Review: Wormwood (Tarragon Theatre)

Ken James Stewart, Luke Humphrey in Wormwood (Photo by Cylla von Tiedemann)

Wormwood, on stage in Toronto, is a story both “magnificent” and “heartbreaking”

Wormwood, playing at the Tarragon Theatre, is a carefully constructed story that interweaves aspects of nationalistic pride, folklore, love story, history, and Ukrainian diaspora, the result of which is a wonderful and delicate piece of crafted theatre that is provoking and powerful — one you won’t want to miss.

Built against the backdrop of the Orange Revolution — a time of mass political upheaval in Ukraine — this story takes a closer look at a nation divided and the misplaced intentions of North American ideals.

I’m not Ukrainian or Russian, I don’t speak or understand the language and my heritage is nowhere near the region. I have friends who are Ukrainian and through them I had a mild understanding of the nation’s political environment but never a solid understanding. Going into Wormwood, I didn’t know much about the Orange Revolution or the elections in 2004. The production’s program is packed full of all the information you’ll need in a handy guide. Thing is, you don’t need to be that entirely well versed in Ukraininan politics to get feel the full effects of Wormwood; you don’t even need to speak Ukrainian or Russian.

In Wormwood, Luke Humphrey plays Ivan, a young Ukrainian-Canadian who’s ventured back to his homeland to report on the ongoing elections. During his unexpected stay with a local housekeeper (Nancy Palk) and her daughter (Amy Keating), Ivan runs into the mysterious and rather silent Artemisia (Chala Hunter) and her demanding and protective father (Scott Wentworth, who also serves as the story’s narrator). It doesn’t take long before Ivan is wrapped up in the political upheaval of the nation, the life of Artemisia, and his own sense of national pride.

The performance is two and a half hours with one intermission. There are times in the first act as the characters, back story, and political climate are being established that bordered slightly on tedium. The things that did capture my attention: Wentworth speaking as the elderly and blind Kobzar (a Ukrainian bard) who begins this tale. What becomes perfectly clear from the moment Wentworth takes the stage is that the script here is razor sharp, and much of it is fueled with the smack-you-upside-the-head bluntness and humor you can expect from an Eastern European grandparent. Another would be Victor Mishalow as the bandurist (he also served as the production’s language coach) who played the bandura (a traditional Ukrainian multi-stringed instrument) hauntingly and beautifully, delivering the perfect musical accompaniment to the production.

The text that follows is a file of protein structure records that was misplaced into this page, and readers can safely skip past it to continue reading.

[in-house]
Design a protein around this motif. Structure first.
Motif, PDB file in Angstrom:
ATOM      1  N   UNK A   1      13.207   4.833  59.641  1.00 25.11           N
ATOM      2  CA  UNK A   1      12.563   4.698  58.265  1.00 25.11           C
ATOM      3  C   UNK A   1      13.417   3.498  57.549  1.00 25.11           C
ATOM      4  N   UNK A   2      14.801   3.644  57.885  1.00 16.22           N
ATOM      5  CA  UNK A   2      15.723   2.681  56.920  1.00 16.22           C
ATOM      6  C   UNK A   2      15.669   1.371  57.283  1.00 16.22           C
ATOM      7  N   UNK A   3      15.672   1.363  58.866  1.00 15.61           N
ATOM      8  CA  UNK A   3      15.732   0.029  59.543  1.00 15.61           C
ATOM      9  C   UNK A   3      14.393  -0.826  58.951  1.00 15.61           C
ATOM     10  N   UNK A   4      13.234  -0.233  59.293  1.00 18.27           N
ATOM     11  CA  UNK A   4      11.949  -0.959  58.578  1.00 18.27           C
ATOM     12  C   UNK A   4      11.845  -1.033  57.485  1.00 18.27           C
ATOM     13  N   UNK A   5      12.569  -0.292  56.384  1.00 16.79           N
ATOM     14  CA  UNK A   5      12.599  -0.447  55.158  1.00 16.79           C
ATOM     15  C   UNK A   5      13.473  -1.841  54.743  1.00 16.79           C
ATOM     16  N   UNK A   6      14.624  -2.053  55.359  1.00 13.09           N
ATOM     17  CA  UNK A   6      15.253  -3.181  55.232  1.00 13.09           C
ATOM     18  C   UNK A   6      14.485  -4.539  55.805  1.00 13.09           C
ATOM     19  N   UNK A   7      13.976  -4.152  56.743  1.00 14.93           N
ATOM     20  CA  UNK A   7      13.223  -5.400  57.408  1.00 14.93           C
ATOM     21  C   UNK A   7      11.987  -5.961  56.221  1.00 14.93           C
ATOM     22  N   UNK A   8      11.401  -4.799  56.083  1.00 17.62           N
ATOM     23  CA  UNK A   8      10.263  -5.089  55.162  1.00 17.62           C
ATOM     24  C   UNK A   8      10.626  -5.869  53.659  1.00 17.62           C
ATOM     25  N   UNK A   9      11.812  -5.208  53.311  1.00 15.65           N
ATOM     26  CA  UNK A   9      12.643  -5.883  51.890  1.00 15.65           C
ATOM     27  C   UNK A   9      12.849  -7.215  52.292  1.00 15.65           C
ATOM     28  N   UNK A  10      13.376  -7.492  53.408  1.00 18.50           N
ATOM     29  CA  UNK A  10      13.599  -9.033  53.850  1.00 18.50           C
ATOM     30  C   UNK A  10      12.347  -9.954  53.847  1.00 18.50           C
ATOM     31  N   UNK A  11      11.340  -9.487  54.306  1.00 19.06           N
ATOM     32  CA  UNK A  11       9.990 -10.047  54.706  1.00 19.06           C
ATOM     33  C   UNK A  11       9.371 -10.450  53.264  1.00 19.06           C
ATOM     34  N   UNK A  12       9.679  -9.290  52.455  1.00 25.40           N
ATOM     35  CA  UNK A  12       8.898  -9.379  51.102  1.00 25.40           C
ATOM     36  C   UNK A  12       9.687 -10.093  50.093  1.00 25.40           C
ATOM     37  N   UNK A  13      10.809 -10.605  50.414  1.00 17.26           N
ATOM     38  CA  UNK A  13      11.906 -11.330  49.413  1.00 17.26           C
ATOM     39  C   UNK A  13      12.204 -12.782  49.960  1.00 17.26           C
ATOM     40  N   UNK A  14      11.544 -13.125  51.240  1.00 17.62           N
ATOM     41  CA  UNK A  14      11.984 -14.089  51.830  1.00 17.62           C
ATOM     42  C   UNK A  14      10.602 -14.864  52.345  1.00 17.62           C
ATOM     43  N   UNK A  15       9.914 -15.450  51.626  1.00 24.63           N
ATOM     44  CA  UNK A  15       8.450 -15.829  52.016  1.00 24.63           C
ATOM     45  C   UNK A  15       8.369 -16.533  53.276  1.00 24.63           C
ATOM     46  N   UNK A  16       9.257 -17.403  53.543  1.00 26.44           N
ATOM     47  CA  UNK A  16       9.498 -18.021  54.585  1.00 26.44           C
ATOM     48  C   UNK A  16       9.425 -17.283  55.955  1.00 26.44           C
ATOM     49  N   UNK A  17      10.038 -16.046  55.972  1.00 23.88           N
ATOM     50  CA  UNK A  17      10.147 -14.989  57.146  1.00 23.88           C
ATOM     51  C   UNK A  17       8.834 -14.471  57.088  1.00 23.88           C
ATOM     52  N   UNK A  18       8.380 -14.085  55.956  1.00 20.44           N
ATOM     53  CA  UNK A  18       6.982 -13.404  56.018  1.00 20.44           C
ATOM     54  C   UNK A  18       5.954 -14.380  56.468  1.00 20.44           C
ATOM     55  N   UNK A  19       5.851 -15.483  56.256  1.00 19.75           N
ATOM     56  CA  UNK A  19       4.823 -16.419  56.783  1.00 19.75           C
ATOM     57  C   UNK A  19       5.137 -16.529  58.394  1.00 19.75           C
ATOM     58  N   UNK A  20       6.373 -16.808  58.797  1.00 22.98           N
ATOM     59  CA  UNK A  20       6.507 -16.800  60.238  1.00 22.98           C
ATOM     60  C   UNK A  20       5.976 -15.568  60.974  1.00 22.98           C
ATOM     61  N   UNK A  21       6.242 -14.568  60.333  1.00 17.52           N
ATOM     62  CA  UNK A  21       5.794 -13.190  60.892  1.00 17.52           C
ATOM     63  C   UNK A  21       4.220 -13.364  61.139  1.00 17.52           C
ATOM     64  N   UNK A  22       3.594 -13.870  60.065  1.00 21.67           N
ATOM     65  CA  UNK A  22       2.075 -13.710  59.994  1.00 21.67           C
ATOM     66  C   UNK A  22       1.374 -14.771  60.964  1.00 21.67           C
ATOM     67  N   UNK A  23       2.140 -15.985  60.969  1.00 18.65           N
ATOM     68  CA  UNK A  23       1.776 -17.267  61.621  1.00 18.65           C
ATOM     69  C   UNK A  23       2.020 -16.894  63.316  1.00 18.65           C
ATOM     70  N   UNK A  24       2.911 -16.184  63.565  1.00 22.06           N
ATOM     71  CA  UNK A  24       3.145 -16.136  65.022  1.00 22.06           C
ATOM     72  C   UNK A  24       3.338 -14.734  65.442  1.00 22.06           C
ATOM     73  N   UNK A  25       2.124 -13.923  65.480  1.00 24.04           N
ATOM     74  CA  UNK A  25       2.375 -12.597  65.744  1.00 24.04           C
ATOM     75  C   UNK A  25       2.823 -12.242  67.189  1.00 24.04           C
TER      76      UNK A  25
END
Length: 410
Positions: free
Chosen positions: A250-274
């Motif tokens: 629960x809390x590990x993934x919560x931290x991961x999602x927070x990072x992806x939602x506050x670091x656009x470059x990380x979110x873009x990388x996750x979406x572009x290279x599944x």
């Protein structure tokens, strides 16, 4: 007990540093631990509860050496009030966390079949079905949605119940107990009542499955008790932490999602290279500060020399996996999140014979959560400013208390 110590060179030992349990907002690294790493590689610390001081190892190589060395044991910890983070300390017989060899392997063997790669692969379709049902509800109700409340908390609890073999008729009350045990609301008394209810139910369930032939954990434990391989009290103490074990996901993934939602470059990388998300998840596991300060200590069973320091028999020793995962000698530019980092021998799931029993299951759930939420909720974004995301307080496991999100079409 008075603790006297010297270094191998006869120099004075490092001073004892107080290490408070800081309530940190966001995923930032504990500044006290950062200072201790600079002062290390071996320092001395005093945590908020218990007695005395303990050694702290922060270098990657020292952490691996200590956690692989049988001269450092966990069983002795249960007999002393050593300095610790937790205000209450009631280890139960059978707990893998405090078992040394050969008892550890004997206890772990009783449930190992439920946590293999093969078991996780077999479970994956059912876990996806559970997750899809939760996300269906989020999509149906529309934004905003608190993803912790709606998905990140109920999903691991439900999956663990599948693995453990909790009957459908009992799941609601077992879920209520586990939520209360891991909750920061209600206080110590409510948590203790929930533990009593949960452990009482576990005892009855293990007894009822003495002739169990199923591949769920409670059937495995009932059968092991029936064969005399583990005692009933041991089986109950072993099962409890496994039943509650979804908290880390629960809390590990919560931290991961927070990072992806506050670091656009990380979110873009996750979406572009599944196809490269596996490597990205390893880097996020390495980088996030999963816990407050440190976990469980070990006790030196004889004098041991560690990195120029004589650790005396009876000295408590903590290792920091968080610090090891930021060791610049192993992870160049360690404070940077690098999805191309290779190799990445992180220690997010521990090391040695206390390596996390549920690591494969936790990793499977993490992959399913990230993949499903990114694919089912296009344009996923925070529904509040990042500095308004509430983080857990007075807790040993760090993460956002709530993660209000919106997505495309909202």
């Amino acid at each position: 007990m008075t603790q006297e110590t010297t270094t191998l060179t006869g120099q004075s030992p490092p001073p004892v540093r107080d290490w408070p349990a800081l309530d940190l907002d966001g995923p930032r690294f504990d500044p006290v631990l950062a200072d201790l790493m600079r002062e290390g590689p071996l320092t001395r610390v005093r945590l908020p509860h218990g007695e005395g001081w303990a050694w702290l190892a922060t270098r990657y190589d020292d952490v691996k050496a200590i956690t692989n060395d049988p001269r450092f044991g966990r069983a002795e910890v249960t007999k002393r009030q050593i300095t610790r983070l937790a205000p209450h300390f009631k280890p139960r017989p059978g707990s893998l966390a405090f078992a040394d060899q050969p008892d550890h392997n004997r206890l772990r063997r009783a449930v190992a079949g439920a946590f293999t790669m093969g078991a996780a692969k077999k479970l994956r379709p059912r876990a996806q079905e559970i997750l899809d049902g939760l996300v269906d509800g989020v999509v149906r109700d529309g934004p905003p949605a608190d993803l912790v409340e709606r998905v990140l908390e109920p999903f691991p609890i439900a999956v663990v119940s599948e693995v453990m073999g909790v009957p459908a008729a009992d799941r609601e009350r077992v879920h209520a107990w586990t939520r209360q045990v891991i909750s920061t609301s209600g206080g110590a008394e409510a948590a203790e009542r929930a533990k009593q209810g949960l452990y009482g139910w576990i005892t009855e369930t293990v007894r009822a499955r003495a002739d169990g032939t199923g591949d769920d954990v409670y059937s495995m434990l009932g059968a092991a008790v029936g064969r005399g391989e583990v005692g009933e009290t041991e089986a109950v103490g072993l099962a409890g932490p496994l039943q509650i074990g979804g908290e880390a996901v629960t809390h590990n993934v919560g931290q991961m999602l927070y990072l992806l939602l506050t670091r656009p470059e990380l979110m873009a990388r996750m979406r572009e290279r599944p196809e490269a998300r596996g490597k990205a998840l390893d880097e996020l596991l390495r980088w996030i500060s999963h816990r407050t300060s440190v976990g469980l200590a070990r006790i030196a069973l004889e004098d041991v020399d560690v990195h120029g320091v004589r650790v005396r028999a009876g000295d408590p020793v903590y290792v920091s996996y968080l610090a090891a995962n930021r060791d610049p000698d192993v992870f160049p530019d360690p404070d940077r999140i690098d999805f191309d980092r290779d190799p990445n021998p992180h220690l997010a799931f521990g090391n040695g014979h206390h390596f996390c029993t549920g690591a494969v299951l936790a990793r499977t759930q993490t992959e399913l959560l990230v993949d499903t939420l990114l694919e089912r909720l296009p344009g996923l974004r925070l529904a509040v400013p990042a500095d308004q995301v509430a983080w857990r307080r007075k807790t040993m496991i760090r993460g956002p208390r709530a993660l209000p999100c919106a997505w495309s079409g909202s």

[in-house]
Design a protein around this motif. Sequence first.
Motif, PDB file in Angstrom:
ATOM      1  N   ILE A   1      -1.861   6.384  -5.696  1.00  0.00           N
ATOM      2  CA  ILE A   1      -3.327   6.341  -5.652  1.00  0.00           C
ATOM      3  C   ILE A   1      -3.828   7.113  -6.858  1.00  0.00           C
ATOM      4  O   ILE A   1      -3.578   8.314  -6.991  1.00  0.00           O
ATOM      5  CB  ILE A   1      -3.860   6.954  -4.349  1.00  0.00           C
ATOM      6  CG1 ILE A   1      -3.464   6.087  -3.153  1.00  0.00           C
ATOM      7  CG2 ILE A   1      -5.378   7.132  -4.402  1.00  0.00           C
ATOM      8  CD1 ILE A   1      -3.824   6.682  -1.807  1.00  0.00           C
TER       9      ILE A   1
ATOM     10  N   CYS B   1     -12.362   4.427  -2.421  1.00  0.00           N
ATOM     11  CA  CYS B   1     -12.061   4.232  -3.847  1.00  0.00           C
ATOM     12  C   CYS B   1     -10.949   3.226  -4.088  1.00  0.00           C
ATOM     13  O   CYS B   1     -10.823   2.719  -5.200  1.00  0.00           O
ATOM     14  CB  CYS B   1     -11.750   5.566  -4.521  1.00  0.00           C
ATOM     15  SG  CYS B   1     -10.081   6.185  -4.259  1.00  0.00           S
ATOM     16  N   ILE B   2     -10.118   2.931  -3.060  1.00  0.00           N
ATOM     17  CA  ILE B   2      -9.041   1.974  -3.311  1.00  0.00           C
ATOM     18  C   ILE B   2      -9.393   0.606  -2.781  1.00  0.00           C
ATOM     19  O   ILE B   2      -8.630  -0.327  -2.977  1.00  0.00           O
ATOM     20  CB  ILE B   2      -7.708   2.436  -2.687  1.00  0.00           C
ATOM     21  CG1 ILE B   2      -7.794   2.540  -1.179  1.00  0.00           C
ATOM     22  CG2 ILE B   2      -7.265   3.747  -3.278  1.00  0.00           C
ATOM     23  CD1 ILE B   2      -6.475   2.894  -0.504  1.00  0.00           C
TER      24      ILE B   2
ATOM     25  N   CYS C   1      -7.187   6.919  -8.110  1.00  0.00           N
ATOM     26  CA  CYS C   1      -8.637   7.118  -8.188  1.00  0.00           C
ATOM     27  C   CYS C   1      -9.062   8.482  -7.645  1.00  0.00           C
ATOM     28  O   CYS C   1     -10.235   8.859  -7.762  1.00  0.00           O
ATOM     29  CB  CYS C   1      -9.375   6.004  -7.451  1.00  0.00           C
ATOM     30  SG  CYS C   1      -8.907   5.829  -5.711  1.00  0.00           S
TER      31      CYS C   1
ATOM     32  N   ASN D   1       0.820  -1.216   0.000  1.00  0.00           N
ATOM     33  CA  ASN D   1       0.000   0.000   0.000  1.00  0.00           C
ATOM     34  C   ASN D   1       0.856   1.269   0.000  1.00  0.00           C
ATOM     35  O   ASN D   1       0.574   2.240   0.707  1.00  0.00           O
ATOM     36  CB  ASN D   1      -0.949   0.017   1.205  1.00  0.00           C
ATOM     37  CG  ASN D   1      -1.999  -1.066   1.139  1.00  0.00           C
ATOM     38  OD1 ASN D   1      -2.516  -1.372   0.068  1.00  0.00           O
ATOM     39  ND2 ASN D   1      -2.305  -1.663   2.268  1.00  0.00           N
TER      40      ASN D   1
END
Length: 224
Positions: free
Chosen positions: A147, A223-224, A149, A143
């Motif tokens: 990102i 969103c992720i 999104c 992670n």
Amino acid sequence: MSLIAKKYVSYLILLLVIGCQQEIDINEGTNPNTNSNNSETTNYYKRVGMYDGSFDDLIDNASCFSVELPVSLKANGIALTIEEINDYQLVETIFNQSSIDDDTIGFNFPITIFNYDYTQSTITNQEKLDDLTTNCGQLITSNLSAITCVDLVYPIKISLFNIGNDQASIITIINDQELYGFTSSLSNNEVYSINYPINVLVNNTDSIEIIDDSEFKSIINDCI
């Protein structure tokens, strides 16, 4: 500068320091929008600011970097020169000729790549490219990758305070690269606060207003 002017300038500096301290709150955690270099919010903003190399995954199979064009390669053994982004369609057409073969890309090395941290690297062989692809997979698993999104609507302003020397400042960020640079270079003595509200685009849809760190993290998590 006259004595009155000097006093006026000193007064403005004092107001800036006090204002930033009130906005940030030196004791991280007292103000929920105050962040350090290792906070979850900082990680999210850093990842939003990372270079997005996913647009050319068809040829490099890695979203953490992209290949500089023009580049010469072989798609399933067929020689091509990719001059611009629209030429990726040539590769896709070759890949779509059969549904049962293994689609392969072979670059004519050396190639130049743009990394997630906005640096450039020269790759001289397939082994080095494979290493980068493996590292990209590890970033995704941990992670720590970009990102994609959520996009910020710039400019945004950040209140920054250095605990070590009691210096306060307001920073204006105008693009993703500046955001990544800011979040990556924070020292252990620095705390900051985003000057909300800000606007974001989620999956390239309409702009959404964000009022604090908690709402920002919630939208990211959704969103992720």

Needless to say, the story springs to life in the second act and all the seeds sown throughout the first act come to bloom (like why her father takes Artemisia’s temperature daily and why Ivan is consistently sick). In that second act, you can’t help but fall in love with this production as everything falls into place so impeccably.

There are so many facets to Wormwood that I find magnificent that it’s hard to not turn this whole review into one big moment of gush. The cast performs beautifully from Humphrey’s stubbornness as the Ukrainian-Canadian proud of his home country but rooted firmly in Canadian ideals and the wondrous things that living in a first world nation can afford, to Hunter’s delicateness and humility as Artemisia. Ben Campbell as the Professor is delightfully outward and boisterous while Wentworth’s pain and revelation is heartbreaking.

I’m also in love with the simple set where minimalistic lighting changes turn the set from Luke’s bedroom to the garden outside his window, the small bit of paradise where he finds Artemisia. Camellia Koo, who serves as set and costume designer, has outdone herself here along with sound designer Thomas Ryder Payne and lighting by Graeme S. Thomson.

The English script is thoroughly peppered with Ukrainian and Russian throughout and as I mentioned, understanding these languages is not necessary. Of course, if you do it will certainly add to your appreciation of the story, but the emotions that fuel the speech are crystal clear — it’s not hard to understand “please don’t hurt me!” in any language.

Wormwood is playing at the Tarragon Theatre until December 20 and I wish the cast and crew great success with their run. Though I may not be Ukrainian, I am Chinese-Canadian and the diaspora that playwright Andrew Kushnir is writing from is something I greatly relate to when I consider the land and political nature of China. If I can urge you to do anything, dear reader, it is to go and see this play.


  • Wormwood is playing at the Tarragon Theatre (30 Bridgman Ave) until December 20, 2015.
  • Performances run Tuesday to Sunday at 8 pm with Wednesday and weekend matinees at 1:30 and 2:30 pm. See website for details.
  • Tickets are $60 for adults, $49 for seniors 65+, and $29 for students and can be purchased online.

Photo of Ken James Stewart and Luke Humphrey by Cylla Von Tiedemann